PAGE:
Trump attack on Cordray shows Ohio governor race may turn on CFPB
The Consumer Financial Protection Bureau remains deeply divisive inside the Beltway, and this year’s gubernatorial race in Ohio may show just how far that partisan divide extends.
Democratic nominee Richard Cordray, the agency’s former director, won his primary against Dennis Kucinich and several other contenders by a wide margin Tuesday night.
Cordray has already built a platform around his six-year tenure at the agency, in addition to his time as the state’s attorney general. The December video ad announcing his candidacy kicks off with a clip of former President Obama asserting that “Americans are better off because of what Rich has done as our consumer watchdog.”
Now the former CFPB director’s experiences in Washington are likely to be put center stage as the race heats up.
“The CFPB remains a lightning rod,” said Isaac Boltansky, director of policy research at Compass Point Research & Trading. “It will play a prominent a role in the general election.”
Observers got an early taste Wednesday morning for what might lay ahead, when President Trump tweeted to congratulate Cordray’s Republican opponent Mike DeWine, calling the former CFPB chief a “socialist” who was a “big failure in [his] last job.”
Cordray soon shot back, touting the $12 billion in relief he returned to consumers during his time at the agency.
Very telling that you think $12 billion dollars back to 30 million consumers is a failure, @realdonaldtrump. I never backed down from you or Wall Street. All your name calling won’t stop me from fighting those who want to cheat Ohio families, unlike @MikeDeWine. https://t.co/eqfGWNePxO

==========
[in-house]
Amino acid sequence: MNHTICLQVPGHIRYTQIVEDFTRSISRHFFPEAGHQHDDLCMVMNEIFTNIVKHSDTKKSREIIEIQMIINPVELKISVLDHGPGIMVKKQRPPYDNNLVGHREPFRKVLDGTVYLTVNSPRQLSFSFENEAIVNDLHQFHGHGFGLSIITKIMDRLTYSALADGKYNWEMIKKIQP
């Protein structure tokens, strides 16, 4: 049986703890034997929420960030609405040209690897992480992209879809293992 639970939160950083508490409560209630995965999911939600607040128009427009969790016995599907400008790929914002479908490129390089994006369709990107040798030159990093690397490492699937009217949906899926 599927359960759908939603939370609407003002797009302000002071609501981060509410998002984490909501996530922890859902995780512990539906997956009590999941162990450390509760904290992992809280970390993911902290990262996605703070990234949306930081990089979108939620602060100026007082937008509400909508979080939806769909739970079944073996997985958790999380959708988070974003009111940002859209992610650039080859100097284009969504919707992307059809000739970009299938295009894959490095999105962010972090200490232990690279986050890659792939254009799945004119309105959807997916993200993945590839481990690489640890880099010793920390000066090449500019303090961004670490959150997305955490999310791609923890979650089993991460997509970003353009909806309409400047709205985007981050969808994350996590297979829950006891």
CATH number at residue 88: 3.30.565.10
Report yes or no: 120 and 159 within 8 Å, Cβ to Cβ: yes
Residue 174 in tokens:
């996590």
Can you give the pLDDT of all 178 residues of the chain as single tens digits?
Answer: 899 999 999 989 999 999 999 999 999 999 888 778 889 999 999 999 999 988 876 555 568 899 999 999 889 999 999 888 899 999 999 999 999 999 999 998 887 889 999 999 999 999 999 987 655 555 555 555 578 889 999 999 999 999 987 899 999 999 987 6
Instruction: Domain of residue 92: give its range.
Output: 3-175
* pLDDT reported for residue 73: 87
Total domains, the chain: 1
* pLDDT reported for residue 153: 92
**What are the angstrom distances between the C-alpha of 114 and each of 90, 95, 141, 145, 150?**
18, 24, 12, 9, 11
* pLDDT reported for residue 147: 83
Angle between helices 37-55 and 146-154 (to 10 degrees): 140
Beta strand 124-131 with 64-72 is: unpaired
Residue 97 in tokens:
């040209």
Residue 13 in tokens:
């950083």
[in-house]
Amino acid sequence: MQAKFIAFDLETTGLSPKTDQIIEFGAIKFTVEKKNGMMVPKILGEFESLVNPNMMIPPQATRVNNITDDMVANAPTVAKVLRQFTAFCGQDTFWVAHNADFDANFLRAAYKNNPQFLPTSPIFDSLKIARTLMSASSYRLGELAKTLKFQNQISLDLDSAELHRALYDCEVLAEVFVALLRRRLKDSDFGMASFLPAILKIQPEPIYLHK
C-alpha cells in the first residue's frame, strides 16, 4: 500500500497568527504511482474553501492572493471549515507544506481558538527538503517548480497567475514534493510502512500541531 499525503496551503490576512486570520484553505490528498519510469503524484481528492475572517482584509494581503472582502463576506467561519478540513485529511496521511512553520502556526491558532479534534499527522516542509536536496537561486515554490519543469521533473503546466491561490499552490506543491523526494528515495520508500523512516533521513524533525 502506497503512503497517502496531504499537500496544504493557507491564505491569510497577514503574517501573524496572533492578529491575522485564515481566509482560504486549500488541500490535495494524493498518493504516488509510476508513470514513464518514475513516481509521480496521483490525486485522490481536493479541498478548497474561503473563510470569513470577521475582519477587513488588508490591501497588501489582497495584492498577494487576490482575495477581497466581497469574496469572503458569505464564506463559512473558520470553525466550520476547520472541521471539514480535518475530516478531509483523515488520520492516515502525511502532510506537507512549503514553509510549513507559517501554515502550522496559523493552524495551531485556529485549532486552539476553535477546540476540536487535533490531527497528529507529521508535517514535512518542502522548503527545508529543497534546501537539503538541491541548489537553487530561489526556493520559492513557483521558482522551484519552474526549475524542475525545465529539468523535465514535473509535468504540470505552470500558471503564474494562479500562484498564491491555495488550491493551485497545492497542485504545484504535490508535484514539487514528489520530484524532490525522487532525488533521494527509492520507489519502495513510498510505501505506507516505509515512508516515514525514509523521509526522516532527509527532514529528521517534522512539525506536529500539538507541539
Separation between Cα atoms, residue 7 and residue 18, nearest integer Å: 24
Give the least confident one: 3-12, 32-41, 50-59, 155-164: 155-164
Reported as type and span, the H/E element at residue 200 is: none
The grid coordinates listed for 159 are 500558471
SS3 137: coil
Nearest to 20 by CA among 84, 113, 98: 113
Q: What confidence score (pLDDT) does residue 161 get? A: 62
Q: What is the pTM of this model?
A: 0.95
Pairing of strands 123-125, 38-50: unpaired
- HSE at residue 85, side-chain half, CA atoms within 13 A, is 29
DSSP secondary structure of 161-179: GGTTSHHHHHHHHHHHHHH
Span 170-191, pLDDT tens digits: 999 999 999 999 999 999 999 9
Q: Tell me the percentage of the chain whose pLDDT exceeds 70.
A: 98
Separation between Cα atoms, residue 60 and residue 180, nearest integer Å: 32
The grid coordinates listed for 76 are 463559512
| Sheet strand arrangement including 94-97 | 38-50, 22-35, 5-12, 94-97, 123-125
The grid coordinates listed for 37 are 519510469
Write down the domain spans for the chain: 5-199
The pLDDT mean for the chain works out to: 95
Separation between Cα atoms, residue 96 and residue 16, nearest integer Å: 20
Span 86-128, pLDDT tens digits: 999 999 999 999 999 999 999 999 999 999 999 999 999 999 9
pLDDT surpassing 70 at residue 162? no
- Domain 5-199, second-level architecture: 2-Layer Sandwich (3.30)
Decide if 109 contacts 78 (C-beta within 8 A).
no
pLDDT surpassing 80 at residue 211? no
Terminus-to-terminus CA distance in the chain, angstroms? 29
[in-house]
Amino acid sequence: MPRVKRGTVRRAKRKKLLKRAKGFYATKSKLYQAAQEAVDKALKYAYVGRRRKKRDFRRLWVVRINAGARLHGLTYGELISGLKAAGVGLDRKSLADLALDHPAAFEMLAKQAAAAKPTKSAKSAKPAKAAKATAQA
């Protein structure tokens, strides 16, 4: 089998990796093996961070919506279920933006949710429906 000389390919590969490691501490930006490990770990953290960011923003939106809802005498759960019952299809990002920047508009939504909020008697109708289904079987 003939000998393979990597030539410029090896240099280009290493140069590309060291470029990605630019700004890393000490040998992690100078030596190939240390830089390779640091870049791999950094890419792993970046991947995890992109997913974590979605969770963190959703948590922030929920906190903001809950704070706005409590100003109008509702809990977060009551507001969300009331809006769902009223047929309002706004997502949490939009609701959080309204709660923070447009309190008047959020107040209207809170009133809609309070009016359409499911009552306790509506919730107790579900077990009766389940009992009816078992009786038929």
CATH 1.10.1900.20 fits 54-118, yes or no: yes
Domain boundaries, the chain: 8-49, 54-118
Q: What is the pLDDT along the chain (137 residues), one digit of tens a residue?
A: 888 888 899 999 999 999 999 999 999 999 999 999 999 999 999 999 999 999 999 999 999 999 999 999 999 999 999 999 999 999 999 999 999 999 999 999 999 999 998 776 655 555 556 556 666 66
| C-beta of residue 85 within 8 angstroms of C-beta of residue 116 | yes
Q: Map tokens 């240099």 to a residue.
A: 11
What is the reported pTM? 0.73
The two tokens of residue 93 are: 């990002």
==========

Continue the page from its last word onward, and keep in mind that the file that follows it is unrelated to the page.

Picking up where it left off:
— Rich Cordray (@RichCordray) May 9, 2018
The state’s Republican Party chair, Jane Timken, also slammed Cordray after the primary results rolled in, describing him in a Tuesday night statement as one of Democrats’ “far-left ideologues … who have aligned themselves with Elizabeth Warren and the so-called ‘resistance.’ ”
Warren, the Massachusetts senator and founder of the CFPB, joined Cordray on the campaign trail last month, helping to bolster his support among progressive voters ahead of the primary.
Although Cordray’s leadership will be one issue among many — jobs, education and the opioid crisis will also be high on the agenda for both candidates — the race is likely to force the former CFPB director to defend his time at the agency. And by extension, he’ll be forced to defend the agency’s very existence — even as his successor, acting Director Mick Mulvaney, works to dismantle some of the bureau’s key functions.
While the Ohio Democrat has often relied on high-level posturing — citing the billions of dollars he’s won back for consumers — he’s already begun, at the advice of supporters, to personalize his defense of the bureau.
“I assume you'll see him do more of that in the general campaign — more commercials that bring in real cases and real people,” said Herb Asher, professor emeritus of political science at Ohio State University. “That’s more likely to happen the more Republicans attack him for his activities in Washington.”
Whether the approach is enough to help Cordray win the race in a Republican-led state that President Trump won by eight points remains to be seen.
CFPB has become a litmus test for policymakers in Washington, and while it will hardly be the only issue up for debate, it’s going to have an impact in Ohio.